Being out in the countryside with my dogs gives me time to think. I’ve learnt the pleasure of solitude without being lonely, and that’s a good feeling for me.

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This is my countryside diary which appears each Saturday in the Dundee Courier newspaper.

Perfect parritch – beer optional

November 13th, 2017

090I ALWAYS appreciate letters I receive from readers. The most recent was sent by a Group of Oldies. They gave no address so I am acknowledging their kind thoughts here. They ask if robins are “sometimes violent wee birds as they always look so timid”.

Robins are territorial birds and, especially in winter, aggressively defend their territory and their food source, chasing off intruders. If pushed to the limit they will fight to the death. They may look timid and pretty on a Christmas card but the reality can be very different.

It is the season for porridge – the halesome parritch, chief o’ Scotia’s food – as Burns wrote in The Cotter’s Saturday Night.

Jamieson, in his Etymological Dictionary of the Scottish Language, describes it as “oat meal, with milk or beer, to breakfast”. F. Marian McNeill’s excellent book The Scotch Kitchen, describing the diversity of Scotland’s culinary heritage, mentions that porter and small brisk beer used to be popular accompaniments.

Auld Hornie
The simple ingredients are measured by volume rather than weight – one cup of porridge oats to two cups of cold water. It should hardly be possible to spoil it in the cooking but, in my experience, if it is not stirred throughout, lumpy porridge may result.

The last ingredient of a pinch of salt, preferably sea salt, should be added when the porridge begins to bubble. How large a pinch of salt depends on trial and error and personal taste.

Macdonald Douglas in The Scots Book, published 1935, wrote – If you cannot eat porridge without committing the ghastly sin of putting sugar on it, then don’t eat it at all. My sentiments entirely.

It’s not surprising that such an essentially Scottish dish has its own traditions and superstitions.

For fear of calling up the devil porridge should always be stirred clockwise and with the right hand. Stirring widdershins – the contrary way – will invoke Auld Hornie and land you in all manner of trouble.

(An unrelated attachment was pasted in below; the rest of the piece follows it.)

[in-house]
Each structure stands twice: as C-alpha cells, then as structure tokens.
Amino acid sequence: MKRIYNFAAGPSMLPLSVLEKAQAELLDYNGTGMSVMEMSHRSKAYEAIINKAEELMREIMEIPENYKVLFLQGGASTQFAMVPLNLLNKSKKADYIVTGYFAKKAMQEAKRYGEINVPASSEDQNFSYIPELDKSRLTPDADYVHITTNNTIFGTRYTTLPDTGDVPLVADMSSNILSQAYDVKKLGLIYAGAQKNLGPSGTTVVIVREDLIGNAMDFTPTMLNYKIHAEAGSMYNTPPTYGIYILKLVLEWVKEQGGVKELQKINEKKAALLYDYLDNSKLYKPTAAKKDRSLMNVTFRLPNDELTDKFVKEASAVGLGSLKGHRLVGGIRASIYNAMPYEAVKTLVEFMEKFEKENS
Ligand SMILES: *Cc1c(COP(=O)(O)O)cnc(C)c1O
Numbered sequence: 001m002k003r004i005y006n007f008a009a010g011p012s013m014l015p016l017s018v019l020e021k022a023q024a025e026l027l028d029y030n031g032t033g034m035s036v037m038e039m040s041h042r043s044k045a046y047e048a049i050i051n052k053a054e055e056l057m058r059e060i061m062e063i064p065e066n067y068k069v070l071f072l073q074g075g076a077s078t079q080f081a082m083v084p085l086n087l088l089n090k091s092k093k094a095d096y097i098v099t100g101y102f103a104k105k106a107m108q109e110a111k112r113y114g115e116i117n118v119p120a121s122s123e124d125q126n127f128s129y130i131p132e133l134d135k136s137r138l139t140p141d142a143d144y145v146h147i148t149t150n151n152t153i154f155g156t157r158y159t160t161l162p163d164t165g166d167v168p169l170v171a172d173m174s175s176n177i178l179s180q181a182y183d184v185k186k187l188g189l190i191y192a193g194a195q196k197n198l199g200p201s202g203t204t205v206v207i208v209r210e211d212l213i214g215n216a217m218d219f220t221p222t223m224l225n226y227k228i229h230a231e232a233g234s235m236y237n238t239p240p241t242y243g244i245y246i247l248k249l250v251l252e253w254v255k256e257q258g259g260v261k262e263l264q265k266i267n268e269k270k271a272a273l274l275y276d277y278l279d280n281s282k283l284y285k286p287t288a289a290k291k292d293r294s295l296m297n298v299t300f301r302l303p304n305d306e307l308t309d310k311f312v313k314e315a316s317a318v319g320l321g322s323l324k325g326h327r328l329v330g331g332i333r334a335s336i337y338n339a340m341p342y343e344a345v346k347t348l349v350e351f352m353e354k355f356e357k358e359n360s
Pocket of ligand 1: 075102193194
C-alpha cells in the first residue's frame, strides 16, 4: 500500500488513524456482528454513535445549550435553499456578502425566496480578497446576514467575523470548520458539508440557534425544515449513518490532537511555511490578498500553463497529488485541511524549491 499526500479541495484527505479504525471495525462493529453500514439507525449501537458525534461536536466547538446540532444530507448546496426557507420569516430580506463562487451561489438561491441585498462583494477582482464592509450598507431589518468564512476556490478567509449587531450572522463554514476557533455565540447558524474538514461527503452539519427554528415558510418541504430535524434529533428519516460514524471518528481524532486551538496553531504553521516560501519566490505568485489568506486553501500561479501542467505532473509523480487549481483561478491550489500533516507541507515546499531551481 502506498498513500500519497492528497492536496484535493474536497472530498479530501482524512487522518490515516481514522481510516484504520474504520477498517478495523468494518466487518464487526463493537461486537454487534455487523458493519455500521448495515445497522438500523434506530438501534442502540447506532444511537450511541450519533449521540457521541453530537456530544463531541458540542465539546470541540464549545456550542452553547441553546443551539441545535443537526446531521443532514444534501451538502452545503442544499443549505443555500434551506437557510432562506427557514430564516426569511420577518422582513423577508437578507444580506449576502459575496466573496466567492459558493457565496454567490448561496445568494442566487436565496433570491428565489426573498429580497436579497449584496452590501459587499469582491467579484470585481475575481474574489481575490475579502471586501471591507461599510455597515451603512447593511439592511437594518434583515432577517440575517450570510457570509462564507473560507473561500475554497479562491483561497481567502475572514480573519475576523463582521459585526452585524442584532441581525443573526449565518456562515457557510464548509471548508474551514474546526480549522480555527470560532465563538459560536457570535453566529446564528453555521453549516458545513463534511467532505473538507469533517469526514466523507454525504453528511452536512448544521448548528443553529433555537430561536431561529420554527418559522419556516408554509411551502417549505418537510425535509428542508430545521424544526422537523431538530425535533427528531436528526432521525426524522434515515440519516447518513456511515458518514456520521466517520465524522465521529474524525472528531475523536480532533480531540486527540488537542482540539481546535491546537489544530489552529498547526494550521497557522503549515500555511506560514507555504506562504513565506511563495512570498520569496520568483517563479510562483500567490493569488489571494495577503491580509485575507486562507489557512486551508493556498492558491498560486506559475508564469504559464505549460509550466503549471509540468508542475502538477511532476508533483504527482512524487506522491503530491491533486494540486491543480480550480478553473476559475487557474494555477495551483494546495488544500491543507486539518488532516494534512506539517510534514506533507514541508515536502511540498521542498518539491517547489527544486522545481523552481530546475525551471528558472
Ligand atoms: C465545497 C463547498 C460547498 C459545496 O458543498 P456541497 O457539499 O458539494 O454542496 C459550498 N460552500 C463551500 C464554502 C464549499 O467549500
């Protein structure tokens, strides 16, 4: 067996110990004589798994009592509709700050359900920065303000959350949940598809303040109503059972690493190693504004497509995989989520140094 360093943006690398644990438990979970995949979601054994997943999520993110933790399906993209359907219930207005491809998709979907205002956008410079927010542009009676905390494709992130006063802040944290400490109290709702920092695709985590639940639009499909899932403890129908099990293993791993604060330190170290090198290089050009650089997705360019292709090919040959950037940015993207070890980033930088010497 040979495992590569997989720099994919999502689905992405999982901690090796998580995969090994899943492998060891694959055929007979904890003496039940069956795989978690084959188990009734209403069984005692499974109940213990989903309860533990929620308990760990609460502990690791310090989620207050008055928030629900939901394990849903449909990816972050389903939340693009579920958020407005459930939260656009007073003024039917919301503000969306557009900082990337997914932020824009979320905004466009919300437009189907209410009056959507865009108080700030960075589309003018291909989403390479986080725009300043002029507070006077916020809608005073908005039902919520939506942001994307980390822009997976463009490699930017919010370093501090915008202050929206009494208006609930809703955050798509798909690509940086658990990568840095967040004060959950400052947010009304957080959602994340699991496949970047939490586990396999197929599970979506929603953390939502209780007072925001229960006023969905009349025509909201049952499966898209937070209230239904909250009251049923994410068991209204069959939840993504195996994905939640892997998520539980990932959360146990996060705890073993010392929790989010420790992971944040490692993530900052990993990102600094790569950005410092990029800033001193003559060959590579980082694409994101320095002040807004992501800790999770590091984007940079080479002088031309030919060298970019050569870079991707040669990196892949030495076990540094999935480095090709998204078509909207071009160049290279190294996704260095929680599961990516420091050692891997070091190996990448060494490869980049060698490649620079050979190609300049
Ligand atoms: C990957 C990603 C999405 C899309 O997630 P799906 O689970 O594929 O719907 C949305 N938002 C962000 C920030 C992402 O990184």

That has always seemed a bit hard on corriefistit (left handed) cooks whose natural direction of stirring, I should have thought, was anti-clockwise. The adjective means wrong handed and reflects another Scottish superstition that the left hand is the hand of justice, with all that that implies. I’ve confidently stirred my porridge a’weys and never suffered any ill consequences.

For reasons lost in the mists of history porridge is not “it”, as erroneously referred to above, it is “they” or “them” and they should be supped (never eaten) standing – possibly affirming the old Scottish proverb, a staunin’ sack fills the fu’est.

One of my Loanhead uncles stood to his porridge, supping them standing at the dining room mantelpiece. Whether he did this only when I was visiting to add a sense of atmosphere to the meal, or he always did, I never thought to enquire. He supped them with a traditional horn spoon, dipping each spoonful into a separate cup of cream. I was too small to reach as high as the mantelpiece and had to defy tradition.

Toddy time
Staying in the same idiom, the Doyenne seemed to be starting a nasty hoast, or cough, and I decided to make her a hot toddy. I’m on home ground here.

Into a tall tumbler squeeze the juice of half a lemon; add a desert spoonful of heather honey and pour on two fingers of your favourite whisky. Top up with near boiling water, stir briskly until all the honey has melted and remove any lemon pips.

Drink the toddy when you are comfortably tucked up in bed and, before you know it, you’ll be sleeping like a blameless bairn.

A reader wrote to tell me he had purchased a new spurtle – or should it be spirtle, or perhaps spurtill? It all depends on which Scottish dictionary you consult.

Dr Jamieson describes the item as an iron spattle for turning bread. I’ve seen them for sale in Taylor’s Auction Rooms, in Montrose. They are long handled, flat, iron implements, often with a heart-shaped head, for flipping over bread or bannocks as they bake.

But my correspondent’s spurtle is a turned, wooden stick, 11 Scotch inches long, for stirring porridge as it cooks. Like me, you might wonder how the word evolved from theivil, the even older Scotch word for the same implement. In Shetland they call it a gruel-tree which just shows how the Scottish language throws up paradoxes to confuse us.

The new spurtle is a replacement for a much cherished one he used every morning for 55 years, starting his day with a sustaining bowl of porridge. The old one, he explained, had been retired measuring 7 inches, which equates to four inches of erosion over the period – that’s an inch every 14 years.

Would he live long enough to see an inch off the new one, he wondered? A plate of porridge every morning, a good dram before bedtime and a dog to walk three times a day – with a little bit of luck, God willing, he just might.

Written on Monday, November 13th, 2017 at 7:11 pm for Uncategorized, Weekly.